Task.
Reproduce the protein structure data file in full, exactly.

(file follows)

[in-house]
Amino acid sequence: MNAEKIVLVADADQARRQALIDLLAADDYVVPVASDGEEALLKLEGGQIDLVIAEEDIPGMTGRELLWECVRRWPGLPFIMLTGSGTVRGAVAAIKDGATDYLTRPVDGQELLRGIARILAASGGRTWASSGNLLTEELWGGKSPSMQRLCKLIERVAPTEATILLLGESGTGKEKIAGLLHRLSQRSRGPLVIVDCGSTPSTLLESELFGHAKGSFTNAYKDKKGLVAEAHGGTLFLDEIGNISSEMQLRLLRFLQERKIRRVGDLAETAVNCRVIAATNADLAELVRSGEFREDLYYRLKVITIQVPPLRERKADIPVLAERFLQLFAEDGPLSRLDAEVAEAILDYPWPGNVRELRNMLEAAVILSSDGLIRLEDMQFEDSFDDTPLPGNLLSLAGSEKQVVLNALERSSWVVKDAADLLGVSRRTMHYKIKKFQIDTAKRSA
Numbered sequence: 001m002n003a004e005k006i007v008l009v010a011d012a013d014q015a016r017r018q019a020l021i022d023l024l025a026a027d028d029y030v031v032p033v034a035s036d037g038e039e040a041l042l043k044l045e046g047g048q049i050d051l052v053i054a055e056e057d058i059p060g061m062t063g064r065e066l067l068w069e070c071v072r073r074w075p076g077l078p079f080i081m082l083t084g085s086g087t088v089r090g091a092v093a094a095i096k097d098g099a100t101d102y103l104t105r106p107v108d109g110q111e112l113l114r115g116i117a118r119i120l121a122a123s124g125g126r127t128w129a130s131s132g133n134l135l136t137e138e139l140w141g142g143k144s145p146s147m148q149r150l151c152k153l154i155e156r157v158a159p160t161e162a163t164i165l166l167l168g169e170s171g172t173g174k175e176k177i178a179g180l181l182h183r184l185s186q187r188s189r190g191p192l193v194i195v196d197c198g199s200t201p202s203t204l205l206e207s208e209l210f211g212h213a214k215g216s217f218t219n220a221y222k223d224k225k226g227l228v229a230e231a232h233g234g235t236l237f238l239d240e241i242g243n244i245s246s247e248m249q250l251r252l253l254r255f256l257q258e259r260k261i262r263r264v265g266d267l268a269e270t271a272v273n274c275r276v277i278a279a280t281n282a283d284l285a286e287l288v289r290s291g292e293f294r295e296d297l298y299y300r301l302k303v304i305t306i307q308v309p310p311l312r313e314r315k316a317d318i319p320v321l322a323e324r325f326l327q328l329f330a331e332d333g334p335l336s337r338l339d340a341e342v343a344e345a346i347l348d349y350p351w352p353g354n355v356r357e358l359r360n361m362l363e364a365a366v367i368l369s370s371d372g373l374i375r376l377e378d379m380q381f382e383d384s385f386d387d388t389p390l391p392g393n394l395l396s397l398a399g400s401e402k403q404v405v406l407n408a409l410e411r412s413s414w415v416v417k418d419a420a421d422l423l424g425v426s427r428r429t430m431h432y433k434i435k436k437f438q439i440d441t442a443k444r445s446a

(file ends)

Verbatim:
[in-house]
Amino acid sequence: MNAEKIVLVADADQARRQALIDLLAADDYVVPVASDGEEALLKLEGGQIDLVIAEEDIPGMTGRELLWECVRRWPGLPFIMLTGSGTVRGAVAAIKDGATDYLTRPVDGQELLRGIARILAASGGRTWASSGNLLTEELWGGKSPSMQRLCKLIERVAPTEATILLLGESGTGKEKIAGLLHRLSQRSRGPLVIVDCGSTPSTLLESELFGHAKGSFTNAYKDKKGLVAEAHGGTLFLDEIGNISSEMQLRLLRFLQERKIRRVGDLAETAVNCRVIAATNADLAELVRSGEFREDLYYRLKVITIQVPPLRERKADIPVLAERFLQLFAEDGPLSRLDAEVAEAILDYPWPGNVRELRNMLEAAVILSSDGLIRLEDMQFEDSFDDTPLPGNLLSLAGSEKQVVLNALERSSWVVKDAADLLGVSRRTMHYKIKKFQIDTAKRSA
Numbered sequence: 001m002n003a004e005k006i007v008l009v010a011d012a013d014q015a016r017r018q019a020l021i022d023l024l025a026a027d028d029y030v031v032p033v034a035s036d037g038e039e040a041l042l043k044l045e046g047g048q049i050d051l052v053i054a055e056e057d058i059p060g061m062t063g064r065e066l067l068w069e070c071v072r073r074w075p076g077l078p079f080i081m082l083t084g085s086g087t088v089r090g091a092v093a094a095i096k097d098g099a100t101d102y103l104t105r106p107v108d109g110q111e112l113l114r115g116i117a118r119i120l121a122a123s124g125g126r127t128w129a130s131s132g133n134l135l136t137e138e139l140w141g142g143k144s145p146s147m148q149r150l151c152k153l154i155e156r157v158a159p160t161e162a163t164i165l166l167l168g169e170s171g172t173g174k175e176k177i178a179g180l181l182h183r184l185s186q187r188s189r190g191p192l193v194i195v196d197c198g199s200t201p202s203t204l205l206e207s208e209l210f211g212h213a214k215g216s217f218t219n220a221y222k223d224k225k226g227l228v229a230e231a232h233g234g235t236l237f238l239d240e241i242g243n244i245s246s247e248m249q250l251r252l253l254r255f256l257q258e259r260k261i262r263r264v265g266d267l268a269e270t271a272v273n274c275r276v277i278a279a280t281n282a283d284l285a286e287l288v289r290s291g292e293f294r295e296d297l298y299y300r301l302k303v304i305t306i307q308v309p310p311l312r313e314r315k316a317d318i319p320v321l322a323e324r325f326l327q328l329f330a331e332d333g334p335l336s337r338l339d340a341e342v343a344e345a346i347l348d349y350p351w352p353g354n355v356r357e358l359r360n361m362l363e364a365a366v367i368l369s370s371d372g373l374i375r376l377e378d379m380q381f382e383d384s385f386d387d388t389p390l391p392g393n394l395l396s397l398a399g400s401e402k403q404v405v406l407n408a409l410e411r412s413s414w415v416v417k418d419a420a421d422l423l424g425v426s427r428r429t430m431h432y433k434i435k436k437f438q439i440d441t442a443k444r445s446a